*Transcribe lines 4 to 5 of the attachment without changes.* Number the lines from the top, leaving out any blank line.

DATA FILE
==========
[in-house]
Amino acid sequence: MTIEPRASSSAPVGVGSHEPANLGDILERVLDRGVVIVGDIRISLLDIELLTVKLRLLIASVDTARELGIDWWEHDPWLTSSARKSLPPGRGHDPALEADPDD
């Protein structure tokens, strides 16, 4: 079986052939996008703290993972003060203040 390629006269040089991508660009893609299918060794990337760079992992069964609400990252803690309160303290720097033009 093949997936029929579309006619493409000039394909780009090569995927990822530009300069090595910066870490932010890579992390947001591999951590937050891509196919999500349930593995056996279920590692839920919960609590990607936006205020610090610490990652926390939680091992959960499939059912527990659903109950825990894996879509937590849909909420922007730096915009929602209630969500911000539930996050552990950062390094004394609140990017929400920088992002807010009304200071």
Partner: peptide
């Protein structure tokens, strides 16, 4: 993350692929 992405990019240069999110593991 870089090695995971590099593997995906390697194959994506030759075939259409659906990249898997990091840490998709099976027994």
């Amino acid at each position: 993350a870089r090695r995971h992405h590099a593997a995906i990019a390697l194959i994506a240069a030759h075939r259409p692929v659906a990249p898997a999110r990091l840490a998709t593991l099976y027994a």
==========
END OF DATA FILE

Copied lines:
Partner: peptide
């Protein structure tokens, strides 16, 4: 993350692929 992405990019240069999110593991 870089090695995971590099593997995906390697194959994506030759075939259409659906990249898997990091840490998709099976027994």